Killing has been institutionalized as policy. Killers are us.


[Note: According to the Pentagon Papers, Diem was transported in the back of an M113 APC to the Vietnam Special Forces Camp Long Thanh (CLT), outside of Saigon, where he was dispatched prematurely into his next life.  Ranger was 17 at the time, but later as a young 1st Lieutenant he served at CLT as a U.S. soldier. The Diem murder was never discussed either in SF training or at CLT.

The camp was filled with political insiders and was a political sinecure for the VNSF even in 1970-71.  I often wonder what became of the camp after April 1975; probably relegated to the ash heap of history.]

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6 Comments:

Anonymous Anonymous said...

I'd recommend reading Ali Soufan's the Black Banners that shows how o called enhanced interrogation is not effective. He has also written refutations of Jose Rodriguez.

Saturday, February 2, 2013 at 7:52:00 PM GMT-5  
Blogger jo6pac said...

What your saying is so true and here's a little something for SB Sunday.

http://original.antiwar.com/giraldi/2013/01/30/have-a-patriotic-super-bowl/

I'm always amazed by my so called progreesive friends that believe in long distance Murder.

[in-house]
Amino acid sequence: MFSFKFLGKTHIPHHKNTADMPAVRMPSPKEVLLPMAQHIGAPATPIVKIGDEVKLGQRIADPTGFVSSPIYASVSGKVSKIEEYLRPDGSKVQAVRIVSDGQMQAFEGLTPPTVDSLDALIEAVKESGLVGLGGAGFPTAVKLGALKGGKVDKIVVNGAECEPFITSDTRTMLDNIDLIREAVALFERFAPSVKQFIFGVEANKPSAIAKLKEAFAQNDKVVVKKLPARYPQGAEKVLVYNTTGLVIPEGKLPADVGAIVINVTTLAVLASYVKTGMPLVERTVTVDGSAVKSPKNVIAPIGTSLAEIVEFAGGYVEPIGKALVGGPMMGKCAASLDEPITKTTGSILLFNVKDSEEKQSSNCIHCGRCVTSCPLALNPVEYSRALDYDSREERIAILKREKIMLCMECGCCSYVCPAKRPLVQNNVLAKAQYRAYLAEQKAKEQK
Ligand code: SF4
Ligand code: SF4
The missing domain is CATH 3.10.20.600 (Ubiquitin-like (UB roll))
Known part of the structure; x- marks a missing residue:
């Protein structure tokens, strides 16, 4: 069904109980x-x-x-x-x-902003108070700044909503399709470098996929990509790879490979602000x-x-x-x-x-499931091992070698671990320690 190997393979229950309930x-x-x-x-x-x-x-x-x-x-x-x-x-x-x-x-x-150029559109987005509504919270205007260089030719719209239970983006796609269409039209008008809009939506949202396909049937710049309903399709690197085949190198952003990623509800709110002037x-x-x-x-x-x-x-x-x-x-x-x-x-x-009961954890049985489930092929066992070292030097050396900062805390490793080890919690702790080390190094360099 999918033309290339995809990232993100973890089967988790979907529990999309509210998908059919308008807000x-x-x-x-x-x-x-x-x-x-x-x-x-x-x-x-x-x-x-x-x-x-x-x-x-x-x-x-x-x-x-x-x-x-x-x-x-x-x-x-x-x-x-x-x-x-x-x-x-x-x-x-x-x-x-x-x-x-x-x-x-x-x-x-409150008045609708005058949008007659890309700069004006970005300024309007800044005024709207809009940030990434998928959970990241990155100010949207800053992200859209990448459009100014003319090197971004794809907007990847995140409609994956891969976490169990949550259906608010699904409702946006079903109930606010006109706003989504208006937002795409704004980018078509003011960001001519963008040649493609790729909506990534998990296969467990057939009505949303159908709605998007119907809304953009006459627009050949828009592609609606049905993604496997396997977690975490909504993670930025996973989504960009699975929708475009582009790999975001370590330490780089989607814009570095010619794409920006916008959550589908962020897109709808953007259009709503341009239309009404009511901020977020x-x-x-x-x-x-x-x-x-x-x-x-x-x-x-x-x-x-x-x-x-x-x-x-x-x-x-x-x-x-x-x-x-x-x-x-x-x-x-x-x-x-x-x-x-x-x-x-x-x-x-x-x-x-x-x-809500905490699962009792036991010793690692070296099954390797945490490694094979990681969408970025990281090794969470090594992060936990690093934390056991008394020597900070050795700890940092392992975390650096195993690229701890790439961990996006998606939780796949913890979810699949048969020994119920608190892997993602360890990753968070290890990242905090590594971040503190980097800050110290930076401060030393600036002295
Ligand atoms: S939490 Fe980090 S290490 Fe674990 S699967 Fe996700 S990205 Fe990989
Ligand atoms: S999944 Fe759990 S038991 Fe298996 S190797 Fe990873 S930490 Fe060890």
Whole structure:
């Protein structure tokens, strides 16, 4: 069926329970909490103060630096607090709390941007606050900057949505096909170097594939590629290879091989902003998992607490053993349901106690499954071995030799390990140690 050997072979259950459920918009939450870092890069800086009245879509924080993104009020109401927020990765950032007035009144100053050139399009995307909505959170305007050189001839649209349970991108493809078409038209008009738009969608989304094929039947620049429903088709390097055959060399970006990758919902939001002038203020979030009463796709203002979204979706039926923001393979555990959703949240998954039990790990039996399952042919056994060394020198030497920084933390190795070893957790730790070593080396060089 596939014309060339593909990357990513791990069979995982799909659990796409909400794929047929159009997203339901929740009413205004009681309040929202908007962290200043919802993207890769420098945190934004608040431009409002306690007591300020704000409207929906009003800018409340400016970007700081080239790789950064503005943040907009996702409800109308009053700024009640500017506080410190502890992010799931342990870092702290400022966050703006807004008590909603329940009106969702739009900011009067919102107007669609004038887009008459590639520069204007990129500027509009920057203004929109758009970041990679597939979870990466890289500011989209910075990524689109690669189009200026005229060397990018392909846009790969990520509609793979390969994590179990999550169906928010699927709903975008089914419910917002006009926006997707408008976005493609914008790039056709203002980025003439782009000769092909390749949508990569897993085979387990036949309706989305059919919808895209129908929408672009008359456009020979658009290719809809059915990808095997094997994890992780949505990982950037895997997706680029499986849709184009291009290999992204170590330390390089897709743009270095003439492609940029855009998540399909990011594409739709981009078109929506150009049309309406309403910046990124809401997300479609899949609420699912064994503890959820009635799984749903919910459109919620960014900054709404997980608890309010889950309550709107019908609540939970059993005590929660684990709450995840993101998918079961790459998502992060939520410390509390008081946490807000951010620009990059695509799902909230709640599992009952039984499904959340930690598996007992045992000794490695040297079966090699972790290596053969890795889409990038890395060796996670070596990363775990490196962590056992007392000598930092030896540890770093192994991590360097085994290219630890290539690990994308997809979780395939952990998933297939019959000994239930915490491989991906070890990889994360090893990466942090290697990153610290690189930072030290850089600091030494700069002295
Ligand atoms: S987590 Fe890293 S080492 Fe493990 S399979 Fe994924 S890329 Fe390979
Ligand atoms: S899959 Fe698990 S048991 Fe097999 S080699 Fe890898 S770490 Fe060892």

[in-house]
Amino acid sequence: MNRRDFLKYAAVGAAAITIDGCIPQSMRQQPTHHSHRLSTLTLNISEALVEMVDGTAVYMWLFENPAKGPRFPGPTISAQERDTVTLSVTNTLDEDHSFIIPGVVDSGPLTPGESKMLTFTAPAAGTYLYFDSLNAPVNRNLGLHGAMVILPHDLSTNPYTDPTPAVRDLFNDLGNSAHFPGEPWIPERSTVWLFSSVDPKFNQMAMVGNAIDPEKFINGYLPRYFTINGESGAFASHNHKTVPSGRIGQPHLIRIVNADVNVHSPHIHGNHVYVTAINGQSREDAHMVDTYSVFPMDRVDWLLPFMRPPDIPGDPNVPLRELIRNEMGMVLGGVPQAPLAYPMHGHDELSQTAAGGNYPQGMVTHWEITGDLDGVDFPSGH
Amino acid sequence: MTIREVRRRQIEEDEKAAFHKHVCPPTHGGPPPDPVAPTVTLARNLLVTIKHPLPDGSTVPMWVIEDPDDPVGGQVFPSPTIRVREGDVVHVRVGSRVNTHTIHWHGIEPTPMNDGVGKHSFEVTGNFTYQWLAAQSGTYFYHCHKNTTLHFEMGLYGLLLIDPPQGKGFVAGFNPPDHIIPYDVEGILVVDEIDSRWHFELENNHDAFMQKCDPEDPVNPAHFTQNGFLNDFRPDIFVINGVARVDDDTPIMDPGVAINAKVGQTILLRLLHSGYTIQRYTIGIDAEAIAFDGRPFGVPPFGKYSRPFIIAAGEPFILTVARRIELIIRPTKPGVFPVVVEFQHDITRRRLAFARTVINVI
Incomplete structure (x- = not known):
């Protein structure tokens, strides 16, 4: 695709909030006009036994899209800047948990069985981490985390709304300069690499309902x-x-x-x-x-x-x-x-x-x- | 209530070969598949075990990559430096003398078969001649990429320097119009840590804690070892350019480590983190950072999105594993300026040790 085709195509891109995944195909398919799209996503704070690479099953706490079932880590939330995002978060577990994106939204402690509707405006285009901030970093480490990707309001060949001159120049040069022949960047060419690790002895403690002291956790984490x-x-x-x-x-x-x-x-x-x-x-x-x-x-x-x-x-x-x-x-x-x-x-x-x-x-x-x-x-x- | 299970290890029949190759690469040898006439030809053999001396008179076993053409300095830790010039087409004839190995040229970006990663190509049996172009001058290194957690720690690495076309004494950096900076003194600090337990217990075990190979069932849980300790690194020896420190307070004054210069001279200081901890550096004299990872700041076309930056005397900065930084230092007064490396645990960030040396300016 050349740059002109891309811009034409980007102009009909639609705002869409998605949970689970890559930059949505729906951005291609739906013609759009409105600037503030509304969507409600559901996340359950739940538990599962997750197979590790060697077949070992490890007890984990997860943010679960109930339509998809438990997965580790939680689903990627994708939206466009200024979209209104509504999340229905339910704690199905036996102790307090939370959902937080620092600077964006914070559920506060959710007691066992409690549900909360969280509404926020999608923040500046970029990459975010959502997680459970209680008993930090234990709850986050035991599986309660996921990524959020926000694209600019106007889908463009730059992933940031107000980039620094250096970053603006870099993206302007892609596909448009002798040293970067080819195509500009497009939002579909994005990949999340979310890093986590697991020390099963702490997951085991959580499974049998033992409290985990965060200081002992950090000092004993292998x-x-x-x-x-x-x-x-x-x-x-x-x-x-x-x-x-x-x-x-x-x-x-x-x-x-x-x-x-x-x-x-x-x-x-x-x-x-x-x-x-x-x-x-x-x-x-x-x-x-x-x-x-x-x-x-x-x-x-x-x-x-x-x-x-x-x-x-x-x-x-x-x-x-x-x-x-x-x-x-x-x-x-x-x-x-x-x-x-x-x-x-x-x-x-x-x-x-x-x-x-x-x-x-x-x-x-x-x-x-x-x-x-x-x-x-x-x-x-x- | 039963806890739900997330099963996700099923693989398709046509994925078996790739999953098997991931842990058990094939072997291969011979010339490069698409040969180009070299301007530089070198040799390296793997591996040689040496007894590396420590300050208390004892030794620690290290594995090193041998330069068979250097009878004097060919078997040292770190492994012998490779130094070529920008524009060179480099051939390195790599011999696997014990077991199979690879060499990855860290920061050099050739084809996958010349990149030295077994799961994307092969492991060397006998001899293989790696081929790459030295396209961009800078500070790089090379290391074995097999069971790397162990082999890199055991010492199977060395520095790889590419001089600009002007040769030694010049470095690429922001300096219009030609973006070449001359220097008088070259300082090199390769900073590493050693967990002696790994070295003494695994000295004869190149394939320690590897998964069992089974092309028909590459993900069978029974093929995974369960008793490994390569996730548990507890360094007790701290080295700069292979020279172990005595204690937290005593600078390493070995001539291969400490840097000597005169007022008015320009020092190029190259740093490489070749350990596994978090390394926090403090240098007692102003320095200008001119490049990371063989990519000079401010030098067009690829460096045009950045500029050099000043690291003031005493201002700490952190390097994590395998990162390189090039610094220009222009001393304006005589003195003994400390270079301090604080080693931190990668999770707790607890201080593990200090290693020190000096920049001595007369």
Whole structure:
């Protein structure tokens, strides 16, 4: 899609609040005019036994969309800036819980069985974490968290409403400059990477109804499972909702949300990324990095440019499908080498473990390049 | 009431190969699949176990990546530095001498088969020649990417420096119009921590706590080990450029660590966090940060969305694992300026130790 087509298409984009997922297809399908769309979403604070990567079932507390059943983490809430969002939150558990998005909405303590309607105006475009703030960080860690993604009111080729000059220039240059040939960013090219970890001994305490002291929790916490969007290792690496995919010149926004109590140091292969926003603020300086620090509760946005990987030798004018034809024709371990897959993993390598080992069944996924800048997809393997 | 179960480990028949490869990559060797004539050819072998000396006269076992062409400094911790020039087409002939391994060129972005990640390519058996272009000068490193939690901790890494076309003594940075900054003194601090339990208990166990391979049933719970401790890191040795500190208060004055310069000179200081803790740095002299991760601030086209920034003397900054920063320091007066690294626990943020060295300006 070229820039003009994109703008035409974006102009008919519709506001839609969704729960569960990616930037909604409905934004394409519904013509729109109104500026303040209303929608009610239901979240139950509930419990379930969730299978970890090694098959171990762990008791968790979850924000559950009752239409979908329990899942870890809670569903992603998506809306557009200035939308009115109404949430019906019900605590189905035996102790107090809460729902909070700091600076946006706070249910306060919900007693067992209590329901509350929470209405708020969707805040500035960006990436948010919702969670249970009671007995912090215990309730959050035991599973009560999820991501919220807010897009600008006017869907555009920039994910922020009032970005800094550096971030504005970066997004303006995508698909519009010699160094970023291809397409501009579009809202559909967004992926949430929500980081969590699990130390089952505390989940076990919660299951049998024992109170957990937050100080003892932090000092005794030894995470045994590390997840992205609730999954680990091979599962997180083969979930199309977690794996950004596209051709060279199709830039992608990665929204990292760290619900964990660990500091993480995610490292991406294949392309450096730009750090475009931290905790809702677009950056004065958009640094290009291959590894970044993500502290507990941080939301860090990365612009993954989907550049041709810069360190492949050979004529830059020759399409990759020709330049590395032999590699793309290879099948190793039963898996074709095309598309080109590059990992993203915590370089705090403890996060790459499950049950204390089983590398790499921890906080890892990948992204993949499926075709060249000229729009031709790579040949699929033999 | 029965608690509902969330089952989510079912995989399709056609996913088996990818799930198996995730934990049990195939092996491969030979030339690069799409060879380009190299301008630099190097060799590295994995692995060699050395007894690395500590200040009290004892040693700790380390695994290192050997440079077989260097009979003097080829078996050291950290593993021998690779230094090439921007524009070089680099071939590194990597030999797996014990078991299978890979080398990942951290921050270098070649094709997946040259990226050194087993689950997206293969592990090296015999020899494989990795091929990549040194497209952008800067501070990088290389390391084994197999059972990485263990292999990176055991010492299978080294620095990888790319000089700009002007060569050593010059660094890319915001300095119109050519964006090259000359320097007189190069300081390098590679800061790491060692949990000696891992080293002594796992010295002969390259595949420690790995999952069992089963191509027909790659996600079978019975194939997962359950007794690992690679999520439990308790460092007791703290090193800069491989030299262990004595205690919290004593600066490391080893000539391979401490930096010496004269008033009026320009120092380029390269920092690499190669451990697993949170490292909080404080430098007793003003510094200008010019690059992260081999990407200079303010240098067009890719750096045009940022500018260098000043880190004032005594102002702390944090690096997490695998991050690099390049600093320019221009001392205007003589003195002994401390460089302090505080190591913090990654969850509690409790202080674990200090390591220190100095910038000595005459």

Sunday, February 3, 2013 at 11:58:00 AM GMT-5  
Anonymous James Rowley said...

Ranger you have got to see Dirty Wars it premiered t Sundance winning Best Cinematography and it is a documentary by Jeremy Scahill the author of Blackwater: The Rise of the World’s Most Powerful Mercenary Army. The documentary goes to the covert front lines of the war on terror and talks to both those carrying out attacks and victims. It takes place in Afghanistan, Yemen, and Somalia. Here is Scahill and Director Richard Rowley talking about it.

http://www.democracynow.org/2013/1/22/dirty_wars_jeremy_scahill_and_rick

(Because of the dangerous locations they travel too, they operated as a two man crew with Richard Rowley training local facilitators on the fly to film And still won Best Cinematography. The film is most being released in the summer.

Sunday, February 3, 2013 at 9:20:00 PM GMT-5  
Anonymous Deryle said...

Whoa!
Quoting Guy DeBord from the Society of the Spectacle is pretty far out, placing the whole
deal in perspective.
Just in time for Super Bowl Sunday , at that.
Well done.

On the rest:
"It is good war is so horrid, for we love it so."
--General Robert E. Lee

"We go to war as if anointing ourselves."
--Poet Robert Bly
There it is.
Deryle



Deryle

Monday, February 4, 2013 at 11:02:00 AM GMT-5  
Blogger Lisa said...

Deryle,

we have a book-learned Southrun boy @ RAW who reminded me of Debord ;)

Wednesday, February 6, 2013 at 4:13:00 PM GMT-5  
Anonymous Deryle said...

Well, he's a smart man.
Probably trouble, too.
We could pro'lly use more like him.

Deryle

Thursday, February 7, 2013 at 10:51:00 PM GMT-5